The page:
to anything but the life of the mind: a book on a dresser top,
a small plaster reproduction of a classical figure, Andersons
own paint sketches on the wall. In witty substitution for the
gilded mirror, Regency mantel, or ornate tapestry of court portraiture,
a simple radiator locks the figure to the background. Without
good heating, the arts are hard to maintain.
The emotional impact of the painting owes everything to Andersons
modesty in front of his subject. The dignity and authority of
the portrait are the womans own. So too is the pensive
intensity of the smaller, later and more intimate portrait of
Barbara. The painting brings us close-up to a dark head against
a dark background, shoulders swaddled in broody purple. In psychological
depth, it is a descendant of Degas studies for his portrait
of Laura Bellelli. It stands in witness to the weight of a lived
life on a sensitive and beautiful woman.
Anderson remains a still life painter of extraordinary power.
It is safe to say that his generationhe is 74has
produced none finer. In his hands, the things of the tablean
egg-carton, a salt shaker, a plastic basket of strawberries,
a jumble of cloths and crockeryassume a grandeur we had
missed before seeing them through his eyes. He makes of them
what Velasquez didnot decorative items but sacramental
ones, ordinary things elevated by their service to life.
Still lifes on show here range from the 70s to the present.
Over the years, limpid arrangements, attentive to geometry and
the demands of design, have gradually yielded to something more
closely related to Horaces phrase ut pictura poesis.
The wording suggests the close coupling of painting and poetry.
Only that the poetry is lyric, rather than heroic or dramatic.
Here, salami and an olive on a plastic plate are incandescent
with loveliness. There, so much depends on a cardboard carton
and the desolation of a fallen mannequin. [Anyone who loves
these mannequin paintings, should search out Pietro Annigonis
treatment of the motif.]
I do not propose that Anderson is a religious man. Only that
he brings a revelatory imagination to bear on the world he treats
in his painting. Much as we admire the rigor and wit of his
compositions, in the end, we are moved by the numinous quality
of the quotidian things within them.
Perhaps that is why the Arcadian themes, which have preoccupied
him for many years, are less satisfying. Ravishing to look at,
inventive and technically magnificent , they seem somehow out
of tune with the character of his own talent. There is a counter-intuitive
stress, originating with the subject matter, that contradicts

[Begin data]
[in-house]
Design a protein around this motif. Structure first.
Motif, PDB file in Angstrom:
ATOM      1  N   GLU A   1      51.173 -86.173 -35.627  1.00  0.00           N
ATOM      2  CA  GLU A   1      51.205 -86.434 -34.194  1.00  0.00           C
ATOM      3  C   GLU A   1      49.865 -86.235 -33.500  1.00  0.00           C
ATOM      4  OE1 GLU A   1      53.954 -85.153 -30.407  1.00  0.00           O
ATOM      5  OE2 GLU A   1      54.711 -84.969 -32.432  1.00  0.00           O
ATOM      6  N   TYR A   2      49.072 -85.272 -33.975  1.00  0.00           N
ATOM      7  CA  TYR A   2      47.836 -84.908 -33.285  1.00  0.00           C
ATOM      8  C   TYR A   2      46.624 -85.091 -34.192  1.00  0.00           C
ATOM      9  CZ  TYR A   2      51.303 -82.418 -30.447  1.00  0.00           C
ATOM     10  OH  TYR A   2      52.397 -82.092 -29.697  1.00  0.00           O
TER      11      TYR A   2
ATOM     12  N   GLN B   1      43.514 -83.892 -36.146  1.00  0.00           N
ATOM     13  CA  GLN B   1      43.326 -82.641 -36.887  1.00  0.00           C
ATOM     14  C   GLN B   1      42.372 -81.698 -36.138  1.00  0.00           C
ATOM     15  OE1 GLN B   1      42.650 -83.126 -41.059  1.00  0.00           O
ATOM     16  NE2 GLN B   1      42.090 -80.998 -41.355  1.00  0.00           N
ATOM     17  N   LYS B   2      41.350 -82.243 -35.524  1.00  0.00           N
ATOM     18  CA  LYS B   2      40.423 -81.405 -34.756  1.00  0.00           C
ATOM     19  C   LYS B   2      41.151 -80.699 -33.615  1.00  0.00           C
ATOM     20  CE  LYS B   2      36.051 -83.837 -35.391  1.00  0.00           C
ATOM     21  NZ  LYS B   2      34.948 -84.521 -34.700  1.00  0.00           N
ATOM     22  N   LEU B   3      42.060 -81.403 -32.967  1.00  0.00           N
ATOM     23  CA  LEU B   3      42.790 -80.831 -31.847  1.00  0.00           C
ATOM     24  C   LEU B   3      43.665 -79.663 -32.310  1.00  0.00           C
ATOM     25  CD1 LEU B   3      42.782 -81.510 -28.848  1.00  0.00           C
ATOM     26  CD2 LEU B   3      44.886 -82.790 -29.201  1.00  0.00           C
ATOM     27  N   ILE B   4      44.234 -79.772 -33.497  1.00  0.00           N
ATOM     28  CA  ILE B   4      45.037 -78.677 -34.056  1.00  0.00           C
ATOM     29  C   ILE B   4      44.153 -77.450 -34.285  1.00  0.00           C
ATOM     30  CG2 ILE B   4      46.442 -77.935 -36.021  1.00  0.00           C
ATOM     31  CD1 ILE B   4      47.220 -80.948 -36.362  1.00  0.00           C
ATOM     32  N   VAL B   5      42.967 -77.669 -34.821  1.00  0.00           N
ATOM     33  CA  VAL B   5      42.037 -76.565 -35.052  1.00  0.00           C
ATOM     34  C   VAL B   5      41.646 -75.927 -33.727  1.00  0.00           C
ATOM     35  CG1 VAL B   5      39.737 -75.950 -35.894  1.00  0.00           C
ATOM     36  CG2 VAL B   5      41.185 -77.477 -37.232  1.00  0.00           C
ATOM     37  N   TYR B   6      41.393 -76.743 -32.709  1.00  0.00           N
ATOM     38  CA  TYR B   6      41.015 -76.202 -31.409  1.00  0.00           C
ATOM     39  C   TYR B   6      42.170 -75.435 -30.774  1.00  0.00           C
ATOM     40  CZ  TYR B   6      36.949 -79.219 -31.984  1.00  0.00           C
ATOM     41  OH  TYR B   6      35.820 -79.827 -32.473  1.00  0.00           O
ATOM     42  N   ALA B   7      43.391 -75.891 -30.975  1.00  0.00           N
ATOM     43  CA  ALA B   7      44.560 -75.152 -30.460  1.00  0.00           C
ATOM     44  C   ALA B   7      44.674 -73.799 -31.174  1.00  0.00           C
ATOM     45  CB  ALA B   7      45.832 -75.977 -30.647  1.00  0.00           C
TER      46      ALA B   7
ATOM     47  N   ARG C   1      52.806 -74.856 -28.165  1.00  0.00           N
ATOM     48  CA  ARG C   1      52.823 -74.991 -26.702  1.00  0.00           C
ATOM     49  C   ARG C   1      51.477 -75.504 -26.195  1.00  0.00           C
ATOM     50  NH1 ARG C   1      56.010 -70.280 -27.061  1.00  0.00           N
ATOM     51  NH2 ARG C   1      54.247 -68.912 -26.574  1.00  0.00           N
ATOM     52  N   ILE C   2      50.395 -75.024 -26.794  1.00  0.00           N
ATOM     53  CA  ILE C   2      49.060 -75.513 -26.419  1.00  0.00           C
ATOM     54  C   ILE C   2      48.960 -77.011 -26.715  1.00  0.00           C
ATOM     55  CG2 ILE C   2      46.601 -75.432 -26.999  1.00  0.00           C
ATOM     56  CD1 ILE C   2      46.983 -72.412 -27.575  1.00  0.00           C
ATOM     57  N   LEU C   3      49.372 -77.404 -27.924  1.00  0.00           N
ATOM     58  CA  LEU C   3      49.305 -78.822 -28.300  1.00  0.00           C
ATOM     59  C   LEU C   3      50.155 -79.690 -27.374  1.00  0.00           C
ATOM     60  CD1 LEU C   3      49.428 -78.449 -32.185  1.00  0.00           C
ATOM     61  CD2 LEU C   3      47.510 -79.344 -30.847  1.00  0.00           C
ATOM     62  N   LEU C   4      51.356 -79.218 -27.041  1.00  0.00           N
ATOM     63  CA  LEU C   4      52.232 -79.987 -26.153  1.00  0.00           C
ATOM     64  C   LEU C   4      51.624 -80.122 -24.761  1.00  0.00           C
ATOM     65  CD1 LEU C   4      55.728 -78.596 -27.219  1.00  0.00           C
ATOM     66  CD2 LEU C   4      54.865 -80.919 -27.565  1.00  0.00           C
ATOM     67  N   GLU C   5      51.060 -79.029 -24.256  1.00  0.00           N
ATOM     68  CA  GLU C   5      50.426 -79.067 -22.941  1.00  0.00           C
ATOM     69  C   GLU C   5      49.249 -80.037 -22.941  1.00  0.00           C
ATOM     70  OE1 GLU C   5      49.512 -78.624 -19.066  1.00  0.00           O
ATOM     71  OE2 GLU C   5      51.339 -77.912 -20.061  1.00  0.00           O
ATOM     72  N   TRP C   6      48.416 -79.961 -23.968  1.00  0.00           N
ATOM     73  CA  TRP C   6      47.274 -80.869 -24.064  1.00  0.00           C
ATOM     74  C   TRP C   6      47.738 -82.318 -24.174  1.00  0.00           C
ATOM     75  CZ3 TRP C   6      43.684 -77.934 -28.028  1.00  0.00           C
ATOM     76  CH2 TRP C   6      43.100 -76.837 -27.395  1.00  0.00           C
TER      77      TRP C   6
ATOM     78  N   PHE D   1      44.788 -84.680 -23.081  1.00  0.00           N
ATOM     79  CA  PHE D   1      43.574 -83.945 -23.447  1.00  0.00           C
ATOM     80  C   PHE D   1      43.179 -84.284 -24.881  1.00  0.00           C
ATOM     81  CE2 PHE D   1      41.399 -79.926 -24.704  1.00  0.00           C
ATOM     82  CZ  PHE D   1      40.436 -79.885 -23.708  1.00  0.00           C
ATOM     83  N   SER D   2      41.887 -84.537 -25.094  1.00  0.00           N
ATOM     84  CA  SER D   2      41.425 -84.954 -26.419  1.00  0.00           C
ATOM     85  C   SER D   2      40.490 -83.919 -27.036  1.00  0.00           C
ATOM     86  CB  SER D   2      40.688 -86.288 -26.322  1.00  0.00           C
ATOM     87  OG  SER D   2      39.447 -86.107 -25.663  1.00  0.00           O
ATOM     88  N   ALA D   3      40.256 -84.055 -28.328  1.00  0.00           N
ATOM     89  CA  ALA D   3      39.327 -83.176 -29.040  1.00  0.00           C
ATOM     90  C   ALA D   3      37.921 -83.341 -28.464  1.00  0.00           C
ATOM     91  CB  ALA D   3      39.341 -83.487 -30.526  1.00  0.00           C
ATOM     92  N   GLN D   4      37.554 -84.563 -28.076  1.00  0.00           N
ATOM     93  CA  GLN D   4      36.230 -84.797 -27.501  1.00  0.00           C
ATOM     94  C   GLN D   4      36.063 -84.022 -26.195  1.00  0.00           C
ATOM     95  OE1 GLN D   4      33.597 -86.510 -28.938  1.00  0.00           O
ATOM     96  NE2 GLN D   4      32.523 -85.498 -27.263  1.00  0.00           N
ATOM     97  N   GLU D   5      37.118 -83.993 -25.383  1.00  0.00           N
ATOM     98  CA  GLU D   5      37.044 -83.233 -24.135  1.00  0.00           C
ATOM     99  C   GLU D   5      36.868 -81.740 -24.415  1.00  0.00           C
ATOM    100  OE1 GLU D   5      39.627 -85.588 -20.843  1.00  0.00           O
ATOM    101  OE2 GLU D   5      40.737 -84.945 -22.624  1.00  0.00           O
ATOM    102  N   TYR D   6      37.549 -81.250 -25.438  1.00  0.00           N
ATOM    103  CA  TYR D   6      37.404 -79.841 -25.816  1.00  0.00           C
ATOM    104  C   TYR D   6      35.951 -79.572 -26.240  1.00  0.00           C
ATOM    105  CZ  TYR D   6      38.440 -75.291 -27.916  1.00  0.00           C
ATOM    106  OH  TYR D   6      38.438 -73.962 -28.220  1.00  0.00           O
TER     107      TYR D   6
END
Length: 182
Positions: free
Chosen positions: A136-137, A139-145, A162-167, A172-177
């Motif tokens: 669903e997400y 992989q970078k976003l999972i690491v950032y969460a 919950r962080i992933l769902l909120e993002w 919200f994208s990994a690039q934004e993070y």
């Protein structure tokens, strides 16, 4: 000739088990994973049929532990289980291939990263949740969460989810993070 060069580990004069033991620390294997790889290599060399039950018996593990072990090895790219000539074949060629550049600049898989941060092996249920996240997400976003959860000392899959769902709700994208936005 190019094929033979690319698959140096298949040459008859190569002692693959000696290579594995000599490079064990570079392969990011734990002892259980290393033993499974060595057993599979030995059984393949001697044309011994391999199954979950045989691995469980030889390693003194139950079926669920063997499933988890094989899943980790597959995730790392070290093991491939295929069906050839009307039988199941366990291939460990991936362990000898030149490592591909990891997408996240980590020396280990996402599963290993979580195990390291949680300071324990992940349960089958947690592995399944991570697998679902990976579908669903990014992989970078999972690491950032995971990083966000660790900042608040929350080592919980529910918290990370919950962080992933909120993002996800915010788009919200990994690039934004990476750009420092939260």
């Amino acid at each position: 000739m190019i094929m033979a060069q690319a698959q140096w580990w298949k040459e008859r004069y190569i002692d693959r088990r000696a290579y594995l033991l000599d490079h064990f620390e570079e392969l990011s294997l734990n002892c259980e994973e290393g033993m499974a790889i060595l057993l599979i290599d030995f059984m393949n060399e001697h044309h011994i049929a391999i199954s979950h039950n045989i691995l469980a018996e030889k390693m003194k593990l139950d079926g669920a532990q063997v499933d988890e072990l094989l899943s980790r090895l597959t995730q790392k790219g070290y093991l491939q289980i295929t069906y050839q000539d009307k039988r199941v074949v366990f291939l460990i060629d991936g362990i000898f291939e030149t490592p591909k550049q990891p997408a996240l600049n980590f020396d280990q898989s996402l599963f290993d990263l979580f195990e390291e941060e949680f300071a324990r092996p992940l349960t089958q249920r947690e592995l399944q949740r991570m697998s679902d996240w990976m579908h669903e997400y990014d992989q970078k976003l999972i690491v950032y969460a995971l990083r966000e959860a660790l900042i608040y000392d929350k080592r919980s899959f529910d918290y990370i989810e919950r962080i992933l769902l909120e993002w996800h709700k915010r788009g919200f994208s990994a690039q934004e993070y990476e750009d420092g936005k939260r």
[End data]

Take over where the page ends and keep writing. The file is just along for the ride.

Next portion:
Andersons splendid capacity for abstraction.
He has a genius for abstracting from the specific. (Go back
to Nude, 1962-62, and notice the handling of frontal
nudity. Its discretion owes itself precisely to his gracious
ability to edit without idealizing.) These idylls, even if we
could assent to them intellectually, require the artist to reverse
gear by specifying the abstract. It is an about-face that gainsays
the ground of his achievement.
An argument can be made that Anderson is exploring an encore
to what Degas attempted in Young Spartans, begun in 1860
and reworked until 1880. But Degas offered the work as history
painting, not as flight from history. Moreover, he suppressed
the quasi-literary conceits of his theme, concentrating on the
faces and bodies of ordinary Parisian street kids in combative
Andersons idylls intend a pastoral, ultimately ahistorical
significance. Retreat from history is a kind of despair. It
is impelled by refusal to find meaning in it. Utopia, after
all, is nowhere.
But grace, Georges Bernanos reminded us, is everywhere. Great
art reveals it: in a grain of sand, the turn of a head or the
bent bristles of an old scrub brush. From an artist who stands
alone in creating Eden on a table top, the idylls are disconcerting.
It is useful to keep in mind that the essence of Andersons
classicism resides in his empathy, not in technical eloquencethough
that he has in abundancenor in the game of classical allusion.
Empathy is of greater rarity than virtuosity and more humane.
His classicism is achieved by profound sympathy with the physical
worlds capacity for beauty, occasional nobility. No canon
of forms and motifs, no codex of rules, can substitute for that
gracious and tender assent to earthly potential that touches
Andersons work. Therein lies the genius that can not be
Maureen Mullarkey © 2002